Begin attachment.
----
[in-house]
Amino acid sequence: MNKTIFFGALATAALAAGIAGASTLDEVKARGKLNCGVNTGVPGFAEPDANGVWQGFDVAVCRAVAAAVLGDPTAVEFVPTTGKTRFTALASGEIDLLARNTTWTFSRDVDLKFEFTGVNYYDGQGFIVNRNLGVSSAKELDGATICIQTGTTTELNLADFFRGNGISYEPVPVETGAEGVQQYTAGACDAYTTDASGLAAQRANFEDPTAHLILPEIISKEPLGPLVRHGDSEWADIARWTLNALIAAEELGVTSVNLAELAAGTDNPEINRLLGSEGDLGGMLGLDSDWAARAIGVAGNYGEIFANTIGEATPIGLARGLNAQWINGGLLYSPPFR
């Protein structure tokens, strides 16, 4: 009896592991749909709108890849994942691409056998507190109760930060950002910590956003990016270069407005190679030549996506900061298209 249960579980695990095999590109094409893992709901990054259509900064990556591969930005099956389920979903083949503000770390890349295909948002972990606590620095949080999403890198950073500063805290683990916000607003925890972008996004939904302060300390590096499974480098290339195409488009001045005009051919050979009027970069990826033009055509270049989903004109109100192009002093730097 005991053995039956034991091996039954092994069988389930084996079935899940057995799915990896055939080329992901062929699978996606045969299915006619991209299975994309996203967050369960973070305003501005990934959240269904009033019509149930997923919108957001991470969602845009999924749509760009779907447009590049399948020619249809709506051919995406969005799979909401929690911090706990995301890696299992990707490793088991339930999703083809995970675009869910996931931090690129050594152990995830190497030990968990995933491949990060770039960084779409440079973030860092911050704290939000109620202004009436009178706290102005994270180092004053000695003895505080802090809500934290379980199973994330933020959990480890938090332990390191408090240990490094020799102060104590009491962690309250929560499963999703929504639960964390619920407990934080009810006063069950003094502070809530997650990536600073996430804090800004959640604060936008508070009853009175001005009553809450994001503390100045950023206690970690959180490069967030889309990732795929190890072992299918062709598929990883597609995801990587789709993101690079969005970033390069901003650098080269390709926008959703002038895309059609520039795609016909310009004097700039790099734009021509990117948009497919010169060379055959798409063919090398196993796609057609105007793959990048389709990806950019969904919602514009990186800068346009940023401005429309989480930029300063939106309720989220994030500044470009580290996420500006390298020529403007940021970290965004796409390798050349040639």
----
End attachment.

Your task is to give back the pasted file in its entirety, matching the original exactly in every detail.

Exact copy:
[in-house]
Amino acid sequence: MNKTIFFGALATAALAAGIAGASTLDEVKARGKLNCGVNTGVPGFAEPDANGVWQGFDVAVCRAVAAAVLGDPTAVEFVPTTGKTRFTALASGEIDLLARNTTWTFSRDVDLKFEFTGVNYYDGQGFIVNRNLGVSSAKELDGATICIQTGTTTELNLADFFRGNGISYEPVPVETGAEGVQQYTAGACDAYTTDASGLAAQRANFEDPTAHLILPEIISKEPLGPLVRHGDSEWADIARWTLNALIAAEELGVTSVNLAELAAGTDNPEINRLLGSEGDLGGMLGLDSDWAARAIGVAGNYGEIFANTIGEATPIGLARGLNAQWINGGLLYSPPFR
């Protein structure tokens, strides 16, 4: 009896592991749909709108890849994942691409056998507190109760930060950002910590956003990016270069407005190679030549996506900061298209 249960579980695990095999590109094409893992709901990054259509900064990556591969930005099956389920979903083949503000770390890349295909948002972990606590620095949080999403890198950073500063805290683990916000607003925890972008996004939904302060300390590096499974480098290339195409488009001045005009051919050979009027970069990826033009055509270049989903004109109100192009002093730097 005991053995039956034991091996039954092994069988389930084996079935899940057995799915990896055939080329992901062929699978996606045969299915006619991209299975994309996203967050369960973070305003501005990934959240269904009033019509149930997923919108957001991470969602845009999924749509760009779907447009590049399948020619249809709506051919995406969005799979909401929690911090706990995301890696299992990707490793088991339930999703083809995970675009869910996931931090690129050594152990995830190497030990968990995933491949990060770039960084779409440079973030860092911050704290939000109620202004009436009178706290102005994270180092004053000695003895505080802090809500934290379980199973994330933020959990480890938090332990390191408090240990490094020799102060104590009491962690309250929560499963999703929504639960964390619920407990934080009810006063069950003094502070809530997650990536600073996430804090800004959640604060936008508070009853009175001005009553809450994001503390100045950023206690970690959180490069967030889309990732795929190890072992299918062709598929990883597609995801990587789709993101690079969005970033390069901003650098080269390709926008959703002038895309059609520039795609016909310009004097700039790099734009021509990117948009497919010169060379055959798409063919090398196993796609057609105007793959990048389709990806950019969904919602514009990186800068346009940023401005429309989480930029300063939106309720989220994030500044470009580290996420500006390298020529403007940021970290965004796409390798050349040639």